In recent years, the contenders in the supporting categories remain consistent from awards show to awards show, but Vikander was a late bloomer with her win at the SAGs back in January. Arguably, this race started back at the Cannes Film Festival, when Rooney Mara picked up a best actress award for her sublime turn as the apple of Cate Blanchett’s eye in the lesbian romance Carol. Then Kate Winslet took the supporting actress Golden Globe for her role as Steve Jobs’ feisty marketing wizard and confidante Joanna Hoffman in Steve Jobs. Then there was Rachel McAdams who gave a spot-on performance of Boston Globe reporter Sacha Pfeiffer and Jennifer Jason Leigh’s role as a gritty cowgirl in Quentin Tarantino’s The Hateful Eight. For both actresses, it was their first Oscar noms.
The Swedish-born Vikander made a big splash in 2015 here in the U.S., first with A24’s cult sci-fi thriller Ex Machina in which she played a crafty android, then as a spies’ moll in The Man From U.N.C.L.E. and finally Danish Girl, in which she played the supportive but conflicted painter spouse Gerda Wegener to Eddie Redmayne’s Lili Elbe, who yearns to be a woman.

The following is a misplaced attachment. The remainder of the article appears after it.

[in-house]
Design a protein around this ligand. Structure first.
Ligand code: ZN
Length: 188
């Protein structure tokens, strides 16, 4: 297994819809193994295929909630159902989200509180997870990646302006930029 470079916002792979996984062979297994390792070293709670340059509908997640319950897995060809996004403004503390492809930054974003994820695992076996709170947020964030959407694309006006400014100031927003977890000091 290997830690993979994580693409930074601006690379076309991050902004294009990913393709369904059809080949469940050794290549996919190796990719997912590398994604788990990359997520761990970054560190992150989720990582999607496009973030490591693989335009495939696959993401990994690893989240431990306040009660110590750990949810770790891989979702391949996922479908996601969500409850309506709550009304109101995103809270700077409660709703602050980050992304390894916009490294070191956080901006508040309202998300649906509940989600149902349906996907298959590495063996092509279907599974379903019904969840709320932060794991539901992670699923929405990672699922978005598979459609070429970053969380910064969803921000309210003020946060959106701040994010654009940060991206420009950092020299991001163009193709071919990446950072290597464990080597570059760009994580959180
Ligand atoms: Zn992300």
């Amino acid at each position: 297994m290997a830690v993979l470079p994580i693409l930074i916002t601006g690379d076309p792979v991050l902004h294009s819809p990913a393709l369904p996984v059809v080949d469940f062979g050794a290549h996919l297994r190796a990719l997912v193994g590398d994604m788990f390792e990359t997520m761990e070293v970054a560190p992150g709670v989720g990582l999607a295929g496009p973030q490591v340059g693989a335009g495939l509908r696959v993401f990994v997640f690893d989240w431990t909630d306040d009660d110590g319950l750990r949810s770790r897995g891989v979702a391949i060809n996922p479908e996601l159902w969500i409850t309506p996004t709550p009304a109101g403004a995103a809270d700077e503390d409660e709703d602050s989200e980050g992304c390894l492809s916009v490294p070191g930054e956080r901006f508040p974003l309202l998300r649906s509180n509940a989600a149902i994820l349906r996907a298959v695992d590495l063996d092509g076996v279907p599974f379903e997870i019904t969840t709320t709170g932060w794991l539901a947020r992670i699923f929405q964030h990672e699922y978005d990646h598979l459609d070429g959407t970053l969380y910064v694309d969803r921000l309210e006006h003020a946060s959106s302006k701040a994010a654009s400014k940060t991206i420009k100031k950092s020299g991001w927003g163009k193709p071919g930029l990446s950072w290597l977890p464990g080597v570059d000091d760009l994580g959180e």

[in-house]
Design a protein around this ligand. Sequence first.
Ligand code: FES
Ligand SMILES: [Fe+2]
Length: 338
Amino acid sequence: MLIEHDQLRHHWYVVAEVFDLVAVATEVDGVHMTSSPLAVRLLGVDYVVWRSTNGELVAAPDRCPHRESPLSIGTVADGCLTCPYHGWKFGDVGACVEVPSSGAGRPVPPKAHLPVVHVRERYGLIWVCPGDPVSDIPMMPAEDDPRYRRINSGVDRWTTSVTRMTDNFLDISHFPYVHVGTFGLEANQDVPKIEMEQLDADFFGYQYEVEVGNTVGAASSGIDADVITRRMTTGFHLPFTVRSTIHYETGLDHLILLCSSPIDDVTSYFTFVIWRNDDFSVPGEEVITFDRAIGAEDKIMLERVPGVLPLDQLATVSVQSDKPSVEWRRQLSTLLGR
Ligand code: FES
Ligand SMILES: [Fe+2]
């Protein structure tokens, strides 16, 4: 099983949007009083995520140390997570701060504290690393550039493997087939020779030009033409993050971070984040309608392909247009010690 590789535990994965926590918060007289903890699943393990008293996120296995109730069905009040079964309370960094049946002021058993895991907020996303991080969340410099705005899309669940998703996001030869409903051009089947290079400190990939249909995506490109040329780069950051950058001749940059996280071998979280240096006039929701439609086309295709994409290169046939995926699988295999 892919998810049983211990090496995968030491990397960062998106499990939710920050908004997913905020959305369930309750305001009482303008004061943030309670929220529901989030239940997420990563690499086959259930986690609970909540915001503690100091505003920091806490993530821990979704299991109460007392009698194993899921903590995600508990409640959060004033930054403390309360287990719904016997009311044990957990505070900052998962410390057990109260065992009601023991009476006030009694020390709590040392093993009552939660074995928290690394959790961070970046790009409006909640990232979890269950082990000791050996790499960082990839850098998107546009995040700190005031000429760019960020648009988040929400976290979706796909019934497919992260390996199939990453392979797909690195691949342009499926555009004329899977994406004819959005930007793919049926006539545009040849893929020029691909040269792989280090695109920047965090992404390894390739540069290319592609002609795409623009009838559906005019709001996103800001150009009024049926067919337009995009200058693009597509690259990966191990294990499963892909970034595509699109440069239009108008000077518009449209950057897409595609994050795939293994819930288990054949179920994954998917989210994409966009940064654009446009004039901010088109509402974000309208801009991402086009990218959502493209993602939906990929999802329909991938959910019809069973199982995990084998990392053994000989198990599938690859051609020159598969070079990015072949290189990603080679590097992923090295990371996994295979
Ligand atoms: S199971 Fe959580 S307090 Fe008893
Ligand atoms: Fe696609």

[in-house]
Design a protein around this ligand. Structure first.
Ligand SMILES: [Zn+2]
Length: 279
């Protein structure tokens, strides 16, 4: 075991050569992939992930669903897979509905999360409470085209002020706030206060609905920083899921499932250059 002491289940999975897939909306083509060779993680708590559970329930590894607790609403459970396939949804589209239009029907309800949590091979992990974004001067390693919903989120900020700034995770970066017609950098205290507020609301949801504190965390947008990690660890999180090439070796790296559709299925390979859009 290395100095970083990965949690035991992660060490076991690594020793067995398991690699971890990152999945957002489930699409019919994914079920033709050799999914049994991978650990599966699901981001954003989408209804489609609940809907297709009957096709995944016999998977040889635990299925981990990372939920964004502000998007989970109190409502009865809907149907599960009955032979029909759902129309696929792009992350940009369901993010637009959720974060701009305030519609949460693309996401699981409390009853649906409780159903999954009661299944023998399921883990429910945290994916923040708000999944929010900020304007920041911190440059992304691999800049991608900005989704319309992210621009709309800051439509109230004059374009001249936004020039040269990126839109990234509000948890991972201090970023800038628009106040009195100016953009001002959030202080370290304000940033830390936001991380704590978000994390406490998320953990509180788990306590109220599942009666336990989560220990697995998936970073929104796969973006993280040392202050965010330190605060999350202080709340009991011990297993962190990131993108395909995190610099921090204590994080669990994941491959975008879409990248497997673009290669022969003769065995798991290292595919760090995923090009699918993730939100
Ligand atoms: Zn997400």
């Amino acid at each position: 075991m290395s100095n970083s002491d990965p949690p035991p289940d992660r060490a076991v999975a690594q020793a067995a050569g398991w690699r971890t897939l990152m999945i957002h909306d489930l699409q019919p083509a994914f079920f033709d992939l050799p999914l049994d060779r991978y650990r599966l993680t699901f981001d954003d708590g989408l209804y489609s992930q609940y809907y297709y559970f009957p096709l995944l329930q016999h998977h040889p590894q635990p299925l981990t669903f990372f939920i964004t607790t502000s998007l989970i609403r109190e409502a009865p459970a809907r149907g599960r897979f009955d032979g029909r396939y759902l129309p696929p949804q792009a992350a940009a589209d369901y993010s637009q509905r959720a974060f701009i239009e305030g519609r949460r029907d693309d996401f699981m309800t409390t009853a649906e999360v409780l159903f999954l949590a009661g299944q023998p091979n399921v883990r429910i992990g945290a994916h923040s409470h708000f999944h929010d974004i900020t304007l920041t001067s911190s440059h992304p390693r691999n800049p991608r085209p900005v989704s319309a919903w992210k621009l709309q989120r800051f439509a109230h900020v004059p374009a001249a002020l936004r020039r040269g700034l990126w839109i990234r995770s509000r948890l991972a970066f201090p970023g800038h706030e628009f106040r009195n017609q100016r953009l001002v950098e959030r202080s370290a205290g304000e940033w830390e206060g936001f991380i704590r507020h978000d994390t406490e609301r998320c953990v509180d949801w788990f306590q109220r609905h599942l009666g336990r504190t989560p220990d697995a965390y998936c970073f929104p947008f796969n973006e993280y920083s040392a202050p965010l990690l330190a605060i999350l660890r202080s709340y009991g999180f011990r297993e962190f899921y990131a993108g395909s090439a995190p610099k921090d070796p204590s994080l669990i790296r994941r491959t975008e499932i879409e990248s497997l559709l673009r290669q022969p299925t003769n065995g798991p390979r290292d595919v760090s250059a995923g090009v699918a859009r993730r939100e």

Backstage, Vikander spoke about how the LGBT community has impacted Hollywood. “I came to this film two years ago and it wasn’t an easy film to get made. It took 15 years. To the cultural change since I finished the film with Caitlyn Jenner coming out, Tangerine and Transparent. The Danish Girl has been so educational for me. I hope it can open a wider conversation.”
Next up for Vikander is Universal’s Jason Bourne on July 29 and DreamWork’s The Light Between Oceans on September 2.
“I never imagined I would do films in English as a foreign actress,” beamed Vikander in the press room.